New Research Challenges 50 Years Of Muscle Knowledge
July 10, 2013

New Research Challenges 50 Years Of Muscle Knowledge

Michael Harper for - Your Universe Online

For the past 50 years, scientists and health professionals have operated with the knowledge that biceps are packed with long ropes of filaments. When the bicep is used to lift a heavy object or flex, these filaments were understood to shorten or contract the muscle and give it its power.

A new study from the University of Washington (UW) challenges this notion, saying that while the general idea of filaments contracting is the same, the shape of these filaments is quite different. Instead of long strands of contracting and shortening filaments straight up and down the length of the muscle, a mesh arrangement of filaments spreads out across the muscle.

According to C. David Williams, a postdoctoral researcher at Harvard who earned his doctorate while at UW, this action is responsible for the muscle force measured by scientists for years. The new study is published in the Royal Society journal Proceedings of the Royal Society B.

"The predominant thinking of the last 50 years is that 100 percent of the muscle force comes from changes as muscles shorten and myosin and actin filaments overlap. But when we isolated the effects of filament overlap we only got about half the change in force that physiologists know muscles are capable of producing," said Williams.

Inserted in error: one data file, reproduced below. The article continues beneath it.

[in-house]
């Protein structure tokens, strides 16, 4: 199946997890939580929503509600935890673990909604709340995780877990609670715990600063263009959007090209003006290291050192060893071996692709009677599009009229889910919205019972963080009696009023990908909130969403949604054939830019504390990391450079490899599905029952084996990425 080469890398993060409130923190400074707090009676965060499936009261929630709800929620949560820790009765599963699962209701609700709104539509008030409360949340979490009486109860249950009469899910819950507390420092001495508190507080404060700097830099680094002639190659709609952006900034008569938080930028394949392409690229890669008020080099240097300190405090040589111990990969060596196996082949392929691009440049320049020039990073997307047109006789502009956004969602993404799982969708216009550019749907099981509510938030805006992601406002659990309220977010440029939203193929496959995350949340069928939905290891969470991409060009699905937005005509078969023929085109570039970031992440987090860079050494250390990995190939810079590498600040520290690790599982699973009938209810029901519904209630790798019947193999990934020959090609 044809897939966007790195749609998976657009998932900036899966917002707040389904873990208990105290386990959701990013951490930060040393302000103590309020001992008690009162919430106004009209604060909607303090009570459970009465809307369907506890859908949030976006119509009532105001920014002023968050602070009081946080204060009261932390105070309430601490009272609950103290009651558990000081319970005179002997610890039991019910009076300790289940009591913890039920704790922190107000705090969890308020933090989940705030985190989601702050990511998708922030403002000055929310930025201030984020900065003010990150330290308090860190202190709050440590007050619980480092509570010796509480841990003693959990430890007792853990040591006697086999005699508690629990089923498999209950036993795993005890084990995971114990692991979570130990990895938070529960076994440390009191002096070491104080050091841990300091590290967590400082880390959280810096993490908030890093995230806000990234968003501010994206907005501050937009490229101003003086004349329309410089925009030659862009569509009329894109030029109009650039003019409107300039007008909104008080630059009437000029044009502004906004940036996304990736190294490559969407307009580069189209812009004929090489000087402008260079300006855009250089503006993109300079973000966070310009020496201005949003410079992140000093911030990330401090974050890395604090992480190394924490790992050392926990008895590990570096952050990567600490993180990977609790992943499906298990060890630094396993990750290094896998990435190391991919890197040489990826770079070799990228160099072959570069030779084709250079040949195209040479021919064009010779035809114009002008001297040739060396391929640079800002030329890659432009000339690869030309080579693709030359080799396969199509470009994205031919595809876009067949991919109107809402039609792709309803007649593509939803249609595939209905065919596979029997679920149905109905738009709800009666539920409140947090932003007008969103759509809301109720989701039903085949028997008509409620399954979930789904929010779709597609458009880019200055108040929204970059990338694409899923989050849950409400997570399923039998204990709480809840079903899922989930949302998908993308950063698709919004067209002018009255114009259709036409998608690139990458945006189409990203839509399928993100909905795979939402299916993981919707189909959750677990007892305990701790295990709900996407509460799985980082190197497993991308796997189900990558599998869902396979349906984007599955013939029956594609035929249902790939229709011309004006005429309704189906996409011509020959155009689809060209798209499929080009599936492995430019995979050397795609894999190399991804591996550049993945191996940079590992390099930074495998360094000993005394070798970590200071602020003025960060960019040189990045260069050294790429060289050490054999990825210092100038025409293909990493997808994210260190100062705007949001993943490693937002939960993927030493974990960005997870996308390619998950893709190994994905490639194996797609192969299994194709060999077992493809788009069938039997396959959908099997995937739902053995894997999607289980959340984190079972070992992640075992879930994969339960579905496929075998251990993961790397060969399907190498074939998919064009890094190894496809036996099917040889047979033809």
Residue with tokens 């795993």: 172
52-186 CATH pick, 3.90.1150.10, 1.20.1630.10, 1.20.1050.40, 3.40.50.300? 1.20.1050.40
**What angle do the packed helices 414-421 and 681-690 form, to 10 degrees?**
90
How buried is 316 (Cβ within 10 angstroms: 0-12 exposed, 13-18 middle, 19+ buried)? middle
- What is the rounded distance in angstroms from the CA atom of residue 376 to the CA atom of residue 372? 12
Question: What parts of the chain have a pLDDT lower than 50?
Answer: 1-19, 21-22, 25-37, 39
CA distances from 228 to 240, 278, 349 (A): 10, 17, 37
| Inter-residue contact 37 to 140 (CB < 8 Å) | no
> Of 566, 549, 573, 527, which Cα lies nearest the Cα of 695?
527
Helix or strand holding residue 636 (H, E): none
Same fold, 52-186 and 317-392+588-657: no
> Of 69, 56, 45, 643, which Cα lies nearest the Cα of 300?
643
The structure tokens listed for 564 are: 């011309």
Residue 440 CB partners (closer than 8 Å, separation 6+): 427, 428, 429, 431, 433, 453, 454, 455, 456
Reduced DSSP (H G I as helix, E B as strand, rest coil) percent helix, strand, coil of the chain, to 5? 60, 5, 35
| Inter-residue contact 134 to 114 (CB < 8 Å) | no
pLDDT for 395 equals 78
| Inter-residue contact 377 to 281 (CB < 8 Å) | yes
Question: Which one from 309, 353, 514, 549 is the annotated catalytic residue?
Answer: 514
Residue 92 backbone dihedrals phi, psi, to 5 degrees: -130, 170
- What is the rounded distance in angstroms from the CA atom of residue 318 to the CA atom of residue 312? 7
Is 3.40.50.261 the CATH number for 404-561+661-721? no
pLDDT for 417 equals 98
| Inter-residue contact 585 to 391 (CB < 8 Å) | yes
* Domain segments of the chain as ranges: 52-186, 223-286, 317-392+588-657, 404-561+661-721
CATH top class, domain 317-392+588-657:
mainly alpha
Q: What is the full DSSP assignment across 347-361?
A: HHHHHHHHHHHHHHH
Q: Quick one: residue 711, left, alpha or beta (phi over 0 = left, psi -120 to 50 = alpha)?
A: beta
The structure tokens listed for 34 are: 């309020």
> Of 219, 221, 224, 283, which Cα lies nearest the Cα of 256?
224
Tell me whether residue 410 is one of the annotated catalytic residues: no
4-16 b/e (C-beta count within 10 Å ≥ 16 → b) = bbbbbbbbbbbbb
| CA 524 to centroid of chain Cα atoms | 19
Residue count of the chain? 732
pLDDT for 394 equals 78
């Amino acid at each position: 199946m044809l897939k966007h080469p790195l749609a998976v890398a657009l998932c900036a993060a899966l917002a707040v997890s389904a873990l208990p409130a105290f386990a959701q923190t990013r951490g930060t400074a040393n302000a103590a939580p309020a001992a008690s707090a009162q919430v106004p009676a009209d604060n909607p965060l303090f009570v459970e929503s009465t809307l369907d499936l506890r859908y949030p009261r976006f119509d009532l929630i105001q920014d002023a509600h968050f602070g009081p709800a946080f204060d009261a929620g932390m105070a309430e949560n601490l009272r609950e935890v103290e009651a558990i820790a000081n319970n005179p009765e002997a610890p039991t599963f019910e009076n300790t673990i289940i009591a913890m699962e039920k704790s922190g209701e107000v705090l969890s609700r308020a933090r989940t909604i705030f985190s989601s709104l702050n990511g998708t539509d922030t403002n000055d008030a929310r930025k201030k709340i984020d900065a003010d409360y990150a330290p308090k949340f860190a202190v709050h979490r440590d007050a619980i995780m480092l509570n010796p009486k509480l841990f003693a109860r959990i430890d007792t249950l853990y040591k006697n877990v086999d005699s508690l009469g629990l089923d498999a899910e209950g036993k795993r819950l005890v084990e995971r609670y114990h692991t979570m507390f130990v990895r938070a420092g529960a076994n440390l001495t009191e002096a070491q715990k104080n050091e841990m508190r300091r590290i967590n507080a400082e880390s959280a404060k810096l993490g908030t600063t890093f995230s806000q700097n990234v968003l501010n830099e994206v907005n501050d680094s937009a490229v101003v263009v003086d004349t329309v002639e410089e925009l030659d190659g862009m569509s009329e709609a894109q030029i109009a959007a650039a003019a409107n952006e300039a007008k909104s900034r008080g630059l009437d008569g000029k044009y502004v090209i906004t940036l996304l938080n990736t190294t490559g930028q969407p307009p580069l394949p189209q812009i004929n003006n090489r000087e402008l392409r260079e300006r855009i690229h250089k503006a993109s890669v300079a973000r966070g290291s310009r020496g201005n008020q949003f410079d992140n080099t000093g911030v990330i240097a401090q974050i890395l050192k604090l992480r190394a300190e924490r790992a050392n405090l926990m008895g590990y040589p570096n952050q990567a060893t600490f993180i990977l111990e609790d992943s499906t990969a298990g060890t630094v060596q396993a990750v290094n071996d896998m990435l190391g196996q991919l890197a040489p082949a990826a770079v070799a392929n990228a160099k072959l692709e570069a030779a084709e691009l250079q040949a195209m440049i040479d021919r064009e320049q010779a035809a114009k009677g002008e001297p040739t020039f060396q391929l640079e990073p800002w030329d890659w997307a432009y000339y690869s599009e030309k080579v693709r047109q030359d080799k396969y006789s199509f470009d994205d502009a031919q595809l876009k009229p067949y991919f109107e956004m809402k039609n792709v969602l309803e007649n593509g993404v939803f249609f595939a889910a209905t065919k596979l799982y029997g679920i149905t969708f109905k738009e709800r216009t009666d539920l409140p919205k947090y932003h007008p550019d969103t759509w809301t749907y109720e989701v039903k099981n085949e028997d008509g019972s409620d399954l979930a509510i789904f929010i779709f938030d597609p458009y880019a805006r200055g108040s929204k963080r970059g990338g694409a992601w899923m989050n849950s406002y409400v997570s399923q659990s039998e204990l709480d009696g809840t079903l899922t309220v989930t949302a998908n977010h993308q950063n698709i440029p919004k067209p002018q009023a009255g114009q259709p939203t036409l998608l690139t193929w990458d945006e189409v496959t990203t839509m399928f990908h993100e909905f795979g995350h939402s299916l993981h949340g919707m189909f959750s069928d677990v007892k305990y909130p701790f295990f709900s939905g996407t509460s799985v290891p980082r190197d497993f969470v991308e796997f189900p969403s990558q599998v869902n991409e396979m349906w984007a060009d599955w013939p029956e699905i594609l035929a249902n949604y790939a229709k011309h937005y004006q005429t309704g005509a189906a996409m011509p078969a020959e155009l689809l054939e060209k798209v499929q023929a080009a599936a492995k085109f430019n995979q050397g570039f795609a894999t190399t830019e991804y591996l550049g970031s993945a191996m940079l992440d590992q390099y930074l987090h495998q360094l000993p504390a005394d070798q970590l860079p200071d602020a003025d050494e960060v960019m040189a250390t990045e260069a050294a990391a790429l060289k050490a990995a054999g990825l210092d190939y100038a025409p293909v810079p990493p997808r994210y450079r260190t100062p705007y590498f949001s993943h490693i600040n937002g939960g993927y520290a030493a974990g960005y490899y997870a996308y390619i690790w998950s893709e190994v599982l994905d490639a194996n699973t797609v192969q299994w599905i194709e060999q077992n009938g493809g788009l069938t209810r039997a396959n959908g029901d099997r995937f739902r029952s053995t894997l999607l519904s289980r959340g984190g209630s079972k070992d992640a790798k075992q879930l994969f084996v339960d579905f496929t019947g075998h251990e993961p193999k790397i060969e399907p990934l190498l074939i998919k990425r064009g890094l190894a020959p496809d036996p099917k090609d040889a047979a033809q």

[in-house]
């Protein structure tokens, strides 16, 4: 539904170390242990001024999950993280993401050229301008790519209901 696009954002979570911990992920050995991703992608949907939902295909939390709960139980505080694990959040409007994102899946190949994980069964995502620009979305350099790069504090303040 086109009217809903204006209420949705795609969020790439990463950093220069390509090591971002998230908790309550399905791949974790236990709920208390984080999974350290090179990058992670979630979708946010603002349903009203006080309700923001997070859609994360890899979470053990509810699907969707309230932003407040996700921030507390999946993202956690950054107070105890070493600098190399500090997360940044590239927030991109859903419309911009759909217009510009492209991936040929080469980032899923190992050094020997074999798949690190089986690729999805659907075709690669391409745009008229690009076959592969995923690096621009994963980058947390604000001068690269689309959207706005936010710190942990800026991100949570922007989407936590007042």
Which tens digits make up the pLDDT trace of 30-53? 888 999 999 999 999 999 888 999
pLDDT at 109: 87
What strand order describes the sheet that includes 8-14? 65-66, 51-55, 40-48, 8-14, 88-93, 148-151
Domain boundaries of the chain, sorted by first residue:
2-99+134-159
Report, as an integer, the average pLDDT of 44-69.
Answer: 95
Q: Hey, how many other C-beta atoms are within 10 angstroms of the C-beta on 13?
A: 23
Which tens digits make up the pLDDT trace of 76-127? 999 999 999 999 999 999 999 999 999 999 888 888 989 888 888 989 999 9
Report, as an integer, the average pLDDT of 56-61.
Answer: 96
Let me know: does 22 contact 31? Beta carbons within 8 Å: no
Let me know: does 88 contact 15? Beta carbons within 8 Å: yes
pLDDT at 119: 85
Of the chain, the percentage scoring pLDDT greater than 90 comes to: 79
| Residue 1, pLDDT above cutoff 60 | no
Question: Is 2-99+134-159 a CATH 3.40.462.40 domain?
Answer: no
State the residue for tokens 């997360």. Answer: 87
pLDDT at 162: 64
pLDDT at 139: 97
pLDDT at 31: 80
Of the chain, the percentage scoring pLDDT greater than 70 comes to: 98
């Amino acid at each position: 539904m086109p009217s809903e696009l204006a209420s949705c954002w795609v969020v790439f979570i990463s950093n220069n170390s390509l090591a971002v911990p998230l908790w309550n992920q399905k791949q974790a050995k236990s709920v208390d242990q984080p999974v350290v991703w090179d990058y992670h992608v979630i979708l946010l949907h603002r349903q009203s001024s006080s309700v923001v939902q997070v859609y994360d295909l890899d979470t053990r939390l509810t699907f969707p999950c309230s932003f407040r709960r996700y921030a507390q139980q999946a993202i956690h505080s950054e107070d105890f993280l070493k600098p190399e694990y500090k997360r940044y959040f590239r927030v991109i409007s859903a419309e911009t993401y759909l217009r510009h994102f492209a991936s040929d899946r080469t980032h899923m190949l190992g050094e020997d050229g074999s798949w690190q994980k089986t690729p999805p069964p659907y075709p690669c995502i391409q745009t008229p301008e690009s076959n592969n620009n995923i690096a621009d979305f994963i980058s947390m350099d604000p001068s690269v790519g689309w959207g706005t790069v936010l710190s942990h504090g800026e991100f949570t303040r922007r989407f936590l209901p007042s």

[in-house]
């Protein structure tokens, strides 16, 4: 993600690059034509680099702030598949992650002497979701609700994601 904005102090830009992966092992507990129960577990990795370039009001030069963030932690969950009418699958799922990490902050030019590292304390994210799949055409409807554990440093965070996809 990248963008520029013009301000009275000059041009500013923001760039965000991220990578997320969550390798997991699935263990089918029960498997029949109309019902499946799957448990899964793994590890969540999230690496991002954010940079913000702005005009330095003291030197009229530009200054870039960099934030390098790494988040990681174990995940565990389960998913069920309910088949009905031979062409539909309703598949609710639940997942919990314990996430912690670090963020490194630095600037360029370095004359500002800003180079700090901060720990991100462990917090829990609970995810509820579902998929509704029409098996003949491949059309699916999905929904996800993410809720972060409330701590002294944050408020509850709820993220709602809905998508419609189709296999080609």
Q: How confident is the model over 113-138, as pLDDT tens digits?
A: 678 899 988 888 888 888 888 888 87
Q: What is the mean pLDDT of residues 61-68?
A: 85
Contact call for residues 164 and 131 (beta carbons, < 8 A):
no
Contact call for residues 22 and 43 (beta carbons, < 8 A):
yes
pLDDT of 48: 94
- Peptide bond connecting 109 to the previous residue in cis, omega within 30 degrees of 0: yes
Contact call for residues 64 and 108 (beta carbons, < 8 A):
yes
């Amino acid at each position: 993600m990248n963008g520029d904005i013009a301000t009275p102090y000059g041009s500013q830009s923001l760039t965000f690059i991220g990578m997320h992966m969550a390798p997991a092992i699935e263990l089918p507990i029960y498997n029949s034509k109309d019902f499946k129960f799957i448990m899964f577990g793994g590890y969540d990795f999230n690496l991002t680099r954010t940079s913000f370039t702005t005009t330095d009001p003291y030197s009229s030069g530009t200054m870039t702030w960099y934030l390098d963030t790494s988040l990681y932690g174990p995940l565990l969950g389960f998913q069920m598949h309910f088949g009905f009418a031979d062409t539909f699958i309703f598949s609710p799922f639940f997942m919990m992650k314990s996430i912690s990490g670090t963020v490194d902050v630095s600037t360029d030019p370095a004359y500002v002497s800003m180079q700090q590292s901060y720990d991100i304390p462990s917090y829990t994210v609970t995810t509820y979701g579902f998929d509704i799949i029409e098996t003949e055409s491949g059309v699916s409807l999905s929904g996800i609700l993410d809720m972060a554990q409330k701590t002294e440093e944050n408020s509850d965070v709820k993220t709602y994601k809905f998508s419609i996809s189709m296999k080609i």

The mesh of filaments fans out into a lattice that is also responsible for the lifting power of biceps and the force generated by other muscles. Williams' discovery doesn't only cover the shape of the filaments in the muscles.

According to Thomas Daniel, a professor of biology at UW and co-author of the resulting paper, this discovery could have long lasting ramifications on the understanding of muscles in the body.

"One of the major discoveries that David Williams brought to light is that force is generated in multiple directions, not just along the long axis of muscle as everyone thinks, but also in the radial direction. This aspect of muscle force generation has flown under the radar for decades and is now becoming a critical feature of our understanding of normal and pathological aspects of muscle," said Daniel.

To better understand his new hypothesis, Williams created a 3D computer model to see the geometry and physics at work inside a muscle wrapped in mesh filament. According to Williams, his research wouldn't have been possible without the ability to render these computer models and watch the way these filaments work together. With these computer models in place, the research team then validated their hypothesis with the flight muscle of a moth. This muscle has been compared to the human cardiac muscle in the past. The same lattice spacing effect occurred in the flight muscle, leading the team to believe that the same effect can be seen in other muscles of the body as well.

"In the heart especially, because the muscle surrounds the chambers that fill with blood, being able to account for forces that are generated in several directions during muscle contraction allows for much more accurate and realistic study of how pressure is generated to eject blood from the heart," said co-author Michael Regnier.

"The radial and long axis forces that are generated may be differentially compromised in cardiac diseases and these new, detailed models allow this to be studied at a molecular level for the first time."